Kansas City's Jose Guillen and Baltimore's Jay Gibbons were suspended for the first 15 days of next season by Major League Baseball on Thursday for violating the sport's drug program.
The pair were linked in media reports to the purchase of human growth hormone. So were Gary Matthews Jr., Rick Ankiel, Troy Glaus and Scott Schoeneweis, but Major League Baseball decided there was "insufficient evidence" to determine they committed a doping violation.
Guillen told ESPNdeportes.com's Enrique Rojas that his lawyers will appeal the sanction, but he will not comment further on the case. ESPN.com first reported that MLB and the players association were negotiating a 10- to 15-day suspension for Guillen on Wednesday.
Royals General Manager Dayton Moore said the club will support Guillen.
"We signed Jose knowing that was a possibility," Moore said Thursday. "While my initial reaction is one of disappointment, I am thoroughly convinced that Jose will put this behind him."
The San Francisco Chronicle reported last month that Guillen bought nearly $20,000 worth of steroids and human growth hormone from 2003 through 2005.
Citing business records, the Chronicle reported Guillen bought more than $19,000 worth of drugs from the Palm Beach Rejuvenation Center between May 2002 and June 2005. He played for five teams during that span: the Diamondbacks, Reds, Athletics, Angels and Nationals.
According to the report, some prescriptions for Guillen were written by the same Florida dentist whose license was suspended in 2003 for fraud and incompetence. The dentist also reportedly prescribed HGH to Cleveland Indians pitcher Paul Byrd.
Guillen had some of the shipments sent to the Oakland Coliseum during the 2003 season, after he was traded to the A's, according to the report. The anti-aging clinic was raided in February as part of an investigation by the Albany County, N.Y., district attorney.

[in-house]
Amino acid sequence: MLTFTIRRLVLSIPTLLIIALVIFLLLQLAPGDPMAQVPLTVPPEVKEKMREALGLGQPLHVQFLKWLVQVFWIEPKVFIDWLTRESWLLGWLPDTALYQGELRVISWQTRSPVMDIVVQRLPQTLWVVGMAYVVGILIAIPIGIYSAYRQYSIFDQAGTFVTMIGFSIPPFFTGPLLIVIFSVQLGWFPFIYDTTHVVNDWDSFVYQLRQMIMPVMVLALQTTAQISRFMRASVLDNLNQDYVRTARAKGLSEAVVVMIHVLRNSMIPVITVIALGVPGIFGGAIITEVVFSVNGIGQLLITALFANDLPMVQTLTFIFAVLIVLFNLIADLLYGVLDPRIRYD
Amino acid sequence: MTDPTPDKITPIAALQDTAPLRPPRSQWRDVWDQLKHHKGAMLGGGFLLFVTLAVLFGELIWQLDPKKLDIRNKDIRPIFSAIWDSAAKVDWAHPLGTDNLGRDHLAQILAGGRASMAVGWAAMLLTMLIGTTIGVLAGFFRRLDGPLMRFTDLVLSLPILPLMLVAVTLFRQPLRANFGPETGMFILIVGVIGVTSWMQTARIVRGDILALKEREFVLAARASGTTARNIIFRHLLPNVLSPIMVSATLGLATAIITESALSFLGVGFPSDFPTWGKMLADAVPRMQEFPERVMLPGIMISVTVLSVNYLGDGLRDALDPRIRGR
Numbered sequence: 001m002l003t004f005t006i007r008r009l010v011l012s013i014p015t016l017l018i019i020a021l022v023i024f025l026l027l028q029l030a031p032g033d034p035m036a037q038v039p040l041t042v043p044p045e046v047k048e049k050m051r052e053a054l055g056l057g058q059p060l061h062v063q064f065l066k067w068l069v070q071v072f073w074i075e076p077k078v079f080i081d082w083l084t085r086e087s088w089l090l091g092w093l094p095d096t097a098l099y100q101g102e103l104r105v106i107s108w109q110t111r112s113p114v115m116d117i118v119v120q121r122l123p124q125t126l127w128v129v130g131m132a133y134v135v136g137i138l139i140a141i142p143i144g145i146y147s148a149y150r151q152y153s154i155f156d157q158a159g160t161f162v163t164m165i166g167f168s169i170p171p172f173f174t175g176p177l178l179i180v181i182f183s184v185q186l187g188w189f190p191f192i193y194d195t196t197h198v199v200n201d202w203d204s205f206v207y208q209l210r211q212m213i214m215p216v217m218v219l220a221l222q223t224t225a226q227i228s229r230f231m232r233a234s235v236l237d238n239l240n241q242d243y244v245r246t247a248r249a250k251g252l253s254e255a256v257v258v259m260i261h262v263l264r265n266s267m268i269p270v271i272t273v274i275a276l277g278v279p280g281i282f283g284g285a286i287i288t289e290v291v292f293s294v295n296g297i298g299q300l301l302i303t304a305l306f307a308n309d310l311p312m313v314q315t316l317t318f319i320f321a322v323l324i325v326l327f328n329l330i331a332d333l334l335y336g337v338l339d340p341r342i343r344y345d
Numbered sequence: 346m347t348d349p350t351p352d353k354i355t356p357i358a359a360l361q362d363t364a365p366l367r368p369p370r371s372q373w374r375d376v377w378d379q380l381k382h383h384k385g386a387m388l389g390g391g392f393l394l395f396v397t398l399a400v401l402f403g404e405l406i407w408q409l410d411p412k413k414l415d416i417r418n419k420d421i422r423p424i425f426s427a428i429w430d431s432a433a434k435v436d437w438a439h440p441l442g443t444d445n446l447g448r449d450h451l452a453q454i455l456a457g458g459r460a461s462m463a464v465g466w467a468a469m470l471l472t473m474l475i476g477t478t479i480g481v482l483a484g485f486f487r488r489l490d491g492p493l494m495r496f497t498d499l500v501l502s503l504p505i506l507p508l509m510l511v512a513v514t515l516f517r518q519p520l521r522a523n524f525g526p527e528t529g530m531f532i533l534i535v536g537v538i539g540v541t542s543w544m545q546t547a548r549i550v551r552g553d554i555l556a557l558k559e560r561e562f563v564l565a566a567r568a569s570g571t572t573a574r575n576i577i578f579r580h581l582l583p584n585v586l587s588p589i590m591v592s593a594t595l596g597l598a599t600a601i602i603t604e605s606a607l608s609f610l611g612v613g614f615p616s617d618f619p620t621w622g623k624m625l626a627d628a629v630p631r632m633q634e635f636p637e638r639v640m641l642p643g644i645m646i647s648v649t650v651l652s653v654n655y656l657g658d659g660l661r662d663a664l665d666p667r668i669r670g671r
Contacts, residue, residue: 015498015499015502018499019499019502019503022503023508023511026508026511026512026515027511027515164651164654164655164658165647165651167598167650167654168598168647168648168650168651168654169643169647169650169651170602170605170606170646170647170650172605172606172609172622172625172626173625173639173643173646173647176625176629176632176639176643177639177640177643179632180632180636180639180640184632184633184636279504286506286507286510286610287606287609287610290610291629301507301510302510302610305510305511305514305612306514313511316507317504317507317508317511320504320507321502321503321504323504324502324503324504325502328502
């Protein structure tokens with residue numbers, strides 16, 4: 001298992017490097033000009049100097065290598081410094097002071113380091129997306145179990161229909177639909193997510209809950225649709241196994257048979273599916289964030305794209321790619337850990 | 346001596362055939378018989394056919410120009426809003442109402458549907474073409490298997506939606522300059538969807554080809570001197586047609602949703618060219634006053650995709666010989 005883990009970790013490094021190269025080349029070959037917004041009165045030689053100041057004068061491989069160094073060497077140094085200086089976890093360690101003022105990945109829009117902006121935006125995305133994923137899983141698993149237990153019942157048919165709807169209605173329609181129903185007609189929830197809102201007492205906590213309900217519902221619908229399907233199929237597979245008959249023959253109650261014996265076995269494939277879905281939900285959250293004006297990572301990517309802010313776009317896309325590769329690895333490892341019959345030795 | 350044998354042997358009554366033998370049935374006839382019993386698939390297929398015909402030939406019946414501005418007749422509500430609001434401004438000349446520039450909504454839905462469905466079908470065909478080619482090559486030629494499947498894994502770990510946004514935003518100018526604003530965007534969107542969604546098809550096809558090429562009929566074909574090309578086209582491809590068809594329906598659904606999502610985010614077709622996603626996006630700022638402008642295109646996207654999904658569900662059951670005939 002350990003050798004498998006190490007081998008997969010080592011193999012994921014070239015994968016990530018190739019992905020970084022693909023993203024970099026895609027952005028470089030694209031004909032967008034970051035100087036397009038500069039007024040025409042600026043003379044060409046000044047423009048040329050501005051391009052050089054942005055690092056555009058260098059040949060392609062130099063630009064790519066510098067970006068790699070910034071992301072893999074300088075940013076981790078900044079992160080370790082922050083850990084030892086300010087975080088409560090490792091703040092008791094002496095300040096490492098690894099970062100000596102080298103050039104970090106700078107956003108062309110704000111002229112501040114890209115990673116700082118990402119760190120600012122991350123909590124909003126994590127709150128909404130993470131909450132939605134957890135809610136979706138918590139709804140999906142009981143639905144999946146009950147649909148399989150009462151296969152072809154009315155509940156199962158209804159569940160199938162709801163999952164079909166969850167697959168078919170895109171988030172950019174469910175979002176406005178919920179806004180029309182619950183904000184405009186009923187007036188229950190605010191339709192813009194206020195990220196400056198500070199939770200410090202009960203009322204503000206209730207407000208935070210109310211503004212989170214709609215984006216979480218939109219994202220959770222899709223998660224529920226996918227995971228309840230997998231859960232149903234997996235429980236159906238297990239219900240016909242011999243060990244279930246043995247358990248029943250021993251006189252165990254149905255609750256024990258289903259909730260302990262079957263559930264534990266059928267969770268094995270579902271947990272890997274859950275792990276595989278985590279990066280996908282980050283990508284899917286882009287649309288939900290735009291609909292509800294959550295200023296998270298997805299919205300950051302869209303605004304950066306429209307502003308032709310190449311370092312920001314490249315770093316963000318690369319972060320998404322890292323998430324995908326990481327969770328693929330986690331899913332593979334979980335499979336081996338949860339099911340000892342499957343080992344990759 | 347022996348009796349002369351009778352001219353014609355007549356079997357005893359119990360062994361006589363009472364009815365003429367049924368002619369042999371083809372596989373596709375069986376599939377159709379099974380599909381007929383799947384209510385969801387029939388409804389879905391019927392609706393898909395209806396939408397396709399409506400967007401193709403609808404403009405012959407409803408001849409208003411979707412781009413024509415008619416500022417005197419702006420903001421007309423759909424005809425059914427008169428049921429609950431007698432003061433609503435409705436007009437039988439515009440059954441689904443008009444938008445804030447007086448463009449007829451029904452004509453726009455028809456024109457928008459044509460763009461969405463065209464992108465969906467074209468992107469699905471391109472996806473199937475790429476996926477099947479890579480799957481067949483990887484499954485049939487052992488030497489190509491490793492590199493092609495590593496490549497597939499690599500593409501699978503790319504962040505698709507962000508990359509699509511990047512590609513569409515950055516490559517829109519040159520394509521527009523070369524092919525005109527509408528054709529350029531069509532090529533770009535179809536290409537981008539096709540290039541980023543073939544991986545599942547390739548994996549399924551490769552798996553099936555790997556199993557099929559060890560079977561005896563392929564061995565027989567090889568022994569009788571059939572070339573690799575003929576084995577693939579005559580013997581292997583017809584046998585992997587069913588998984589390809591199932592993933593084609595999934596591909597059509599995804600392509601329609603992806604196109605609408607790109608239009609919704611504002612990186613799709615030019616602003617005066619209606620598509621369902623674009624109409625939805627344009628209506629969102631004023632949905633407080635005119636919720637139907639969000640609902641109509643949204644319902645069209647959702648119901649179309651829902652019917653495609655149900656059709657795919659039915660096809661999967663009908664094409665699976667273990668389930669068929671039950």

Gibbons got six shipments of Genotropin (a brand name for synthetic human growth hormone), two shipments of testosterone and two shipments of human chorionic gonadotropin (HCG) between October 2003 and July 2005, SI.com said on Sept. 9, citing a source in Florida with knowledge of a Signature Pharmacy client list.
The pharmacy is under investigation for illegally distributing prescription medications.
The substances were obtained through South Beach Rejuvenation Center/Modern Therapy, a Miami Beach clinic, and sent through Signature, SI.com said.
Ankiel met with baseball lawyers Sept. 11 following a report by the New York Daily News that he received eight shipments of prescription HGH in 2004, before it was banned by baseball.
Glaus received shipments at a Corona, Calif., address that traces to the player, SI.com said, citing a source in Florida with knowledge of a Signature Pharmacy client list. SI.com said its information dealt only with receipt of steroids and not use.
Schoeneweis, the veteran New York Mets reliever and a survivor of testicular cancer, received six steroid shipments from Signature Pharmacy while playing for the Chicago White Sox in 2003 and 2004, ESPN reported.
Matthews was sent HGH in 2004 from a pharmacy being investigated for illegal distribution of performance-enhancing drugs, The Times Union of Albany, N.Y., reported last winter. Matthews denied using HGH, which was not banned by baseball for players with major league contracts until 2005.
Information from The Associated Press was used in this report.